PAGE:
Brighton Racecourse is famous for its great intimacy, distinctive horseshoe shape and reputation as one of the fastest tracks in the country for sprint races. The track is one mile four furlongs long and contains an extended downhill section that rises to set-up a 100 yard level finish.
In 1783 a group of Brighton’s richest and most established inhabitants that included the Duke of Cumberland, Marquess of Queensbury and Earl of
Egremont set up the first Brighton races on an area of land called White Hawk Down which later became known as the Race Hill.
The two day event soon became a popular retreat and in only its second year attracted the presence of the Prince of Wales. In 1786 the Brighton Races were extended to four days with the first stand erected in 1788 with a capacity of 24.
The town was granted more land in 1822 by a number of local landowners, which was marked by boundary stones in 1861, some of which can still be found in the area known as the Race Ground.
With the emergence of the railway network which provided a direct link between London and Brighton the races, known for their fashionable attendees, soon attracted a lower class crowd and funding became a real issue in the 1840s. A solution was found with the establishment of the ‘Race Stand Trustees’ in 1849-50. Several improvements were made to the course as well as the erection of a new stand.
It is at this time that the current racecourse became established and in light of the investment and development the Brighton Races soon regained its former reputation.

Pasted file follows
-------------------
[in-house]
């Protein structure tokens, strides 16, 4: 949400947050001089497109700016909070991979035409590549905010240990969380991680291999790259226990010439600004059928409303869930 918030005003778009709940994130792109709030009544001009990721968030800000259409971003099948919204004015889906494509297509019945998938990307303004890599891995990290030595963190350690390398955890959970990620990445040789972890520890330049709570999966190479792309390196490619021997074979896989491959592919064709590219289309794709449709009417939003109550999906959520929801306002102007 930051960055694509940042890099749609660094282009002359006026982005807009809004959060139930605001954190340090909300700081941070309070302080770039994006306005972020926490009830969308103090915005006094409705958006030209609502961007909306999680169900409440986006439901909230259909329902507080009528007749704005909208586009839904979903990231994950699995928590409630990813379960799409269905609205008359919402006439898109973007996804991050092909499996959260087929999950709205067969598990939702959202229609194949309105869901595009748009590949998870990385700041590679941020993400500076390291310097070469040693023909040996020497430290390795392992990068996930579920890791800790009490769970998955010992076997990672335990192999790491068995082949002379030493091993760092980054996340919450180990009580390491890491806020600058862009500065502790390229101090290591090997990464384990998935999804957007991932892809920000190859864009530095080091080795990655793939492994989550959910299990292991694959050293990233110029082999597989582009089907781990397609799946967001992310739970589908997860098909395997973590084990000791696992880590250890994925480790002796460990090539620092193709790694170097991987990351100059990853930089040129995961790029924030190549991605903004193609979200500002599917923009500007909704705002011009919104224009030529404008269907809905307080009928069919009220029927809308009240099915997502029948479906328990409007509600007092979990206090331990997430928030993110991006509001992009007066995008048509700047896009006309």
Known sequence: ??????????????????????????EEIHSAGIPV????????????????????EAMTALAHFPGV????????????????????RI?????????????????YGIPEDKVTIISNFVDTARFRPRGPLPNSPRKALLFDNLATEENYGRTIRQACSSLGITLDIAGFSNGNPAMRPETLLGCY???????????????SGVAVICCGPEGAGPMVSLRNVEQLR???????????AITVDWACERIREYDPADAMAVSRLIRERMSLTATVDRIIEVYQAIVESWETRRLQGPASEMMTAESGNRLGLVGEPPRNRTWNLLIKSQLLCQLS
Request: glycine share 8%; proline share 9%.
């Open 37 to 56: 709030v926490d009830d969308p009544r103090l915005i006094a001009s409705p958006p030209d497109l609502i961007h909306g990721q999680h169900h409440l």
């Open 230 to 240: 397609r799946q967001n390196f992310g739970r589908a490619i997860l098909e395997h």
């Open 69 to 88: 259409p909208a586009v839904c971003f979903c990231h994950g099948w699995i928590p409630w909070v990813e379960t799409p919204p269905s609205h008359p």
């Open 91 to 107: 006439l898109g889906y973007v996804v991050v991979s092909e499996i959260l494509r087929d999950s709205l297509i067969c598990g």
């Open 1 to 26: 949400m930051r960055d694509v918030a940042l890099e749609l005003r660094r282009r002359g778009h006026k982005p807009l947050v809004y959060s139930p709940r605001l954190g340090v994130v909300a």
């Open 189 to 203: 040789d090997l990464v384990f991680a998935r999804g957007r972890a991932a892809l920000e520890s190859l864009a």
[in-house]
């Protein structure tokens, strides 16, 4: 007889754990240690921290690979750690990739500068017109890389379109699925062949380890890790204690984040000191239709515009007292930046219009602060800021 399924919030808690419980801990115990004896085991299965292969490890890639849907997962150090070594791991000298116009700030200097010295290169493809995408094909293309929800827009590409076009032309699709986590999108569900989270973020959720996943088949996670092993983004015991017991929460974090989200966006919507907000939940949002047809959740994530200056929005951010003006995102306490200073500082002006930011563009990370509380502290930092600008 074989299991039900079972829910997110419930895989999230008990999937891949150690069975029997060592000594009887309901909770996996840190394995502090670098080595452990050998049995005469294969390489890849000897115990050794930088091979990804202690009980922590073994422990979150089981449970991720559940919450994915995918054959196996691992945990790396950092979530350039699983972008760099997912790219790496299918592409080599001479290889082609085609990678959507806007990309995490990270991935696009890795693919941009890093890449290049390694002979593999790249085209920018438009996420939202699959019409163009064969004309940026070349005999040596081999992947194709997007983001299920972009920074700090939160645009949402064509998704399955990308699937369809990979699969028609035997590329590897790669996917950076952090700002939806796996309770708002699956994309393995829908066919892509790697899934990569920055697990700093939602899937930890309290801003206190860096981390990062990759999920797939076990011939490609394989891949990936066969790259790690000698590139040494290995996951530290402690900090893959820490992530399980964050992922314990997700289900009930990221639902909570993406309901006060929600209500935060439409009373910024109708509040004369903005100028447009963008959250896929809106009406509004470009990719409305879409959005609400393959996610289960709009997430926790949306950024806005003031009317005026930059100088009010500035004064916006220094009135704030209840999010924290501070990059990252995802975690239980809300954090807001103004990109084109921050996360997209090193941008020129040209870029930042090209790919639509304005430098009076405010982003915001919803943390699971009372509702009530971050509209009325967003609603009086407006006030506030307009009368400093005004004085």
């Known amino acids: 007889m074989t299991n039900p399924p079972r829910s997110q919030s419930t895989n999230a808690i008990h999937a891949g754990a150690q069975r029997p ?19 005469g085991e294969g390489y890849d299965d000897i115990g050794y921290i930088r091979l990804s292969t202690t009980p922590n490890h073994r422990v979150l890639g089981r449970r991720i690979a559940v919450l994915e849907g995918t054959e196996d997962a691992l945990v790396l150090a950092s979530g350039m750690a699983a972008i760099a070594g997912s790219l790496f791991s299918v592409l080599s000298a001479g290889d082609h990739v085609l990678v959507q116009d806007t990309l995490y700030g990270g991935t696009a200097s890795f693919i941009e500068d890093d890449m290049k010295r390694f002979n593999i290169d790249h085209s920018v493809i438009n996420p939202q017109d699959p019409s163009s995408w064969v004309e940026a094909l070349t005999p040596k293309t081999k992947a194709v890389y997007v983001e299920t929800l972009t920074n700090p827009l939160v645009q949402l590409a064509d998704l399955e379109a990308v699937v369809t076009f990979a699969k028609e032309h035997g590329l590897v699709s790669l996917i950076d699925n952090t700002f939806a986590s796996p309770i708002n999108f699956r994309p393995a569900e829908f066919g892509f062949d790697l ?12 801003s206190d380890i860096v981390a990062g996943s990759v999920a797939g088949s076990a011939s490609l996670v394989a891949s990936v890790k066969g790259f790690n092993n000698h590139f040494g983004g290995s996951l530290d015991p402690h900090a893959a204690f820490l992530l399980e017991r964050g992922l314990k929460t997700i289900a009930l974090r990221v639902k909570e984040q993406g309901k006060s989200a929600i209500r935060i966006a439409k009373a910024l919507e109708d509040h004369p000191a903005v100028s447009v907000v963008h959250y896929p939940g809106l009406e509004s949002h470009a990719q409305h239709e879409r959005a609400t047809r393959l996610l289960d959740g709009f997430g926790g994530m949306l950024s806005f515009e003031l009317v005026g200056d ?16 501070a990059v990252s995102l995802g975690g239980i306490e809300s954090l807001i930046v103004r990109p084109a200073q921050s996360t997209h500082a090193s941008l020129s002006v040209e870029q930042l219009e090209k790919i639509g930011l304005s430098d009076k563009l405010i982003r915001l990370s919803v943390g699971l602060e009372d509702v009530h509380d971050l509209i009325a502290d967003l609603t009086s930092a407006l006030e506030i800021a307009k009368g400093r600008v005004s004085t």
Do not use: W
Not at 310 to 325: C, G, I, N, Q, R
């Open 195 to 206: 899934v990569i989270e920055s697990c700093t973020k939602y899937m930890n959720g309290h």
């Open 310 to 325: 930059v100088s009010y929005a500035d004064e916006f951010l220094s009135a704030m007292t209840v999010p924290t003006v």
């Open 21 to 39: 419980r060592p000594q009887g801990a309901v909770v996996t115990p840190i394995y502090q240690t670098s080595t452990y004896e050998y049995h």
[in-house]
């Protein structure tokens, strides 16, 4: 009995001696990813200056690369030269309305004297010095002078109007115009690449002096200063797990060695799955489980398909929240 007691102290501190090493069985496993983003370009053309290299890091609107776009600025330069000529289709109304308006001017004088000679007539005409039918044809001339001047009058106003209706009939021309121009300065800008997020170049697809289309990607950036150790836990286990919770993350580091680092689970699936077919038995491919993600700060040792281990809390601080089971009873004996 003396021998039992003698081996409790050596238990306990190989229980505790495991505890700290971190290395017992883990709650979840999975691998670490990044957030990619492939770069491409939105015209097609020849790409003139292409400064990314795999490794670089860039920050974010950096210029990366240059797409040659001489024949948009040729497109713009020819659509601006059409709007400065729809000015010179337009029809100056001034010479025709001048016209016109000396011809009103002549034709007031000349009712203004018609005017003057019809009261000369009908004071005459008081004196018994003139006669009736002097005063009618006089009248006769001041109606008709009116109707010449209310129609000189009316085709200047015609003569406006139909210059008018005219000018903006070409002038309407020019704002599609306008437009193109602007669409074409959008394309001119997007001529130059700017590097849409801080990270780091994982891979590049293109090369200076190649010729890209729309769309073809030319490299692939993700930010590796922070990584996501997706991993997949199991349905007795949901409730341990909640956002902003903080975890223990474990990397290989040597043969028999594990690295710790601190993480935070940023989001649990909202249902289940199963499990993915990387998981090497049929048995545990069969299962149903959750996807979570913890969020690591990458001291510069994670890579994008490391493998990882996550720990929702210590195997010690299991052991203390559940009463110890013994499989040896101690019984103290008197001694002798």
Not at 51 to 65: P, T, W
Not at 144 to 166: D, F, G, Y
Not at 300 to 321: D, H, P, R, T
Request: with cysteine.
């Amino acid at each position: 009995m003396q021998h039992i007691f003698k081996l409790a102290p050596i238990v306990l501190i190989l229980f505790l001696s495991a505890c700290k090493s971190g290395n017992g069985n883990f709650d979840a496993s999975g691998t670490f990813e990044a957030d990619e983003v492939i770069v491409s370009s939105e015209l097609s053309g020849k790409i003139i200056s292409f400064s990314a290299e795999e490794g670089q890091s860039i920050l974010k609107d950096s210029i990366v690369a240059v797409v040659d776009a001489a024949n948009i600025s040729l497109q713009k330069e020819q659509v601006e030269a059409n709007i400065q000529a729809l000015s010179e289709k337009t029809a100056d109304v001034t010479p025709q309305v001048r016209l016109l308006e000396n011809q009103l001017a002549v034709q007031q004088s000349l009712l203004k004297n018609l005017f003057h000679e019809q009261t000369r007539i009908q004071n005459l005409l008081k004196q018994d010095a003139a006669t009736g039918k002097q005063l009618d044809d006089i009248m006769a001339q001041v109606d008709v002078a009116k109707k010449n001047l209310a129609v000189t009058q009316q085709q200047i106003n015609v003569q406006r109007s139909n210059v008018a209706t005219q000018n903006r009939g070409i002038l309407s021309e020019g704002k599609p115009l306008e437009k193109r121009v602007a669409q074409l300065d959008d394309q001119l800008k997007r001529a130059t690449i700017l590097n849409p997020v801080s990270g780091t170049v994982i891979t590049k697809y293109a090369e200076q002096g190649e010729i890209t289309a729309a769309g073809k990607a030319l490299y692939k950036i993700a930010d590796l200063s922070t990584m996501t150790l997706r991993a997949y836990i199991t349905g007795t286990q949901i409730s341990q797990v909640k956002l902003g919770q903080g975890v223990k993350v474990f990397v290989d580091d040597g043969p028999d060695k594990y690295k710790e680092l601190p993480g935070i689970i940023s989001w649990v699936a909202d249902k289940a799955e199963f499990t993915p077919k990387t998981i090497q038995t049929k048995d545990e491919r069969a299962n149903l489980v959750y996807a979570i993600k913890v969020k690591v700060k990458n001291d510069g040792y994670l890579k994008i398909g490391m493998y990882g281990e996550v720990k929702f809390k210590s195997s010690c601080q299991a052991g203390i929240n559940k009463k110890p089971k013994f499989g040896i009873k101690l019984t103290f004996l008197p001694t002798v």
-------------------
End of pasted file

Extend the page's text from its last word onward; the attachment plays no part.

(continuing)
As the racecourse grew in popularity the town’s local authority assumed full control in 1898. The First World War forced a suspension of all races between 1914 and 1917 while the stand was used an ammunition dump and food store.
The 1920s saw the return of a London influence to the Brighton Races again with a negative influence. A gang culture emerged within the racing world which often sparked fighting and unrest. This continued until June 1936 when the notorious ‘Hoxton Mob’ were arrested. This era of Brighton races has provided inspiration for the literary world with the publication of ‘Brighton Rock’ by Graham Greene in 1938 which was later adapted for the big screen.
All racing was again suspended in 1939 on the outbreak of World War II before Brighton experienced a surge in popularity that led to major re-development including the present grandstand which was opened in May 1965.
Brighton has played host to two world records. ‘Blink Gelding’ set the record time for the three quarters of a mile race on the 6th August 1929 on the Downhill course at Brighton while on the 26th July 1990 ‘Chase the Door’ set a mile record of 1 minute 30.9 seconds.
Race and Event Information
Brighton Racecourse has 19 confirmed fixtures between April and October 2008 including the three-day August Festival (6-8 August) which includes the John Smith’s Race Day, Ladies Day and Brighton Rocks.
All racing and event information including detailed fixtures can be found online
Brighton Racecourse is situated just a two-minute car journey from Brighton City Centre via the A27 Brighton bypass. Parking facilities are available at the racecourse and are free of charge.
If travelling by rail, services are available from London Victoria, London Bridge and London Kings Cross. A courtesy bus service operates from Brighton Station directly to the course from two hours before the first race and immediately after the final race.
Full details of how to get to Brighton Racecourse can be found online
- Premier badges: £18
- Grandstand & Paddock badges: £13
- Concessionary Grandstand & Paddock badges: £9
- Admission packages from £20
- Under 16s are admitted free
Tickets can be purchased by contacting the racecourse hotline on: 01273 603 580 or by going online